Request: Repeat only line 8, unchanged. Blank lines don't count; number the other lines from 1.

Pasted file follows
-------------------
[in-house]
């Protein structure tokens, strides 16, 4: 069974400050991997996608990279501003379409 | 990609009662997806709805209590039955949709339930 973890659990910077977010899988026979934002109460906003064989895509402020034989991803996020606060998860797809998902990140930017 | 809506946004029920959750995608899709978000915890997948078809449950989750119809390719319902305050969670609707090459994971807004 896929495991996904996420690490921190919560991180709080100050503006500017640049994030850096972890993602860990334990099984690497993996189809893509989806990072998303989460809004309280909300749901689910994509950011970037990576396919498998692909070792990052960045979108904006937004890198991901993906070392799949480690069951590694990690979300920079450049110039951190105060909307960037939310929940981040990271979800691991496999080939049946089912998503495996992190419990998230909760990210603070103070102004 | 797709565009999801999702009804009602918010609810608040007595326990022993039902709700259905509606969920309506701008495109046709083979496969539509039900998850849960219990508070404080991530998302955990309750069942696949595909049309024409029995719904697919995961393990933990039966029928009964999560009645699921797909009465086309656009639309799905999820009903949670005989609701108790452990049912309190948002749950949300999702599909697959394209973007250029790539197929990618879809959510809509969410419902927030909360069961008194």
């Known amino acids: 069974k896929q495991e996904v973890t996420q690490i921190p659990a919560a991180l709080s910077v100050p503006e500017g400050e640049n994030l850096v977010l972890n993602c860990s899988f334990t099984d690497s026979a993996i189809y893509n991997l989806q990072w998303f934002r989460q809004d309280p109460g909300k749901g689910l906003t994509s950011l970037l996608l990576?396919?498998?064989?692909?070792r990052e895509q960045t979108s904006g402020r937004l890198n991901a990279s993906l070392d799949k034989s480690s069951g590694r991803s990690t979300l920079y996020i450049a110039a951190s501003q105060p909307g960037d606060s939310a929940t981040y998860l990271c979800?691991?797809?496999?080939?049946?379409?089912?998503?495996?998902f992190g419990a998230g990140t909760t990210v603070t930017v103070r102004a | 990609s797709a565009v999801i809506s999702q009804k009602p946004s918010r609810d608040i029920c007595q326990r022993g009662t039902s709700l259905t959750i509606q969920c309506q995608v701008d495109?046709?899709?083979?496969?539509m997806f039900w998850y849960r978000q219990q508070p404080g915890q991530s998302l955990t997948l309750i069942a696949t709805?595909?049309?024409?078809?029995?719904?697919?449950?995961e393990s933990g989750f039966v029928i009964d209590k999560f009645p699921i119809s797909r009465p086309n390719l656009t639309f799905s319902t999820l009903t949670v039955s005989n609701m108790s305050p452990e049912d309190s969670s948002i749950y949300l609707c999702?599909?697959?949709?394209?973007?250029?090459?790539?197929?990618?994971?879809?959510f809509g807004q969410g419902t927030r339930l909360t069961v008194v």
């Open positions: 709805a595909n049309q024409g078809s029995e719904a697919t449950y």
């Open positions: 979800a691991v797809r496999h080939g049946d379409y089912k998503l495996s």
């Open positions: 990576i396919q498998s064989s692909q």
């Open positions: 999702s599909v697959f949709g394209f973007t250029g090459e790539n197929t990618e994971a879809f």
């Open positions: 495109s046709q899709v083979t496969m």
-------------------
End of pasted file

């Open positions: 495109s046709q899709v083979t496969m």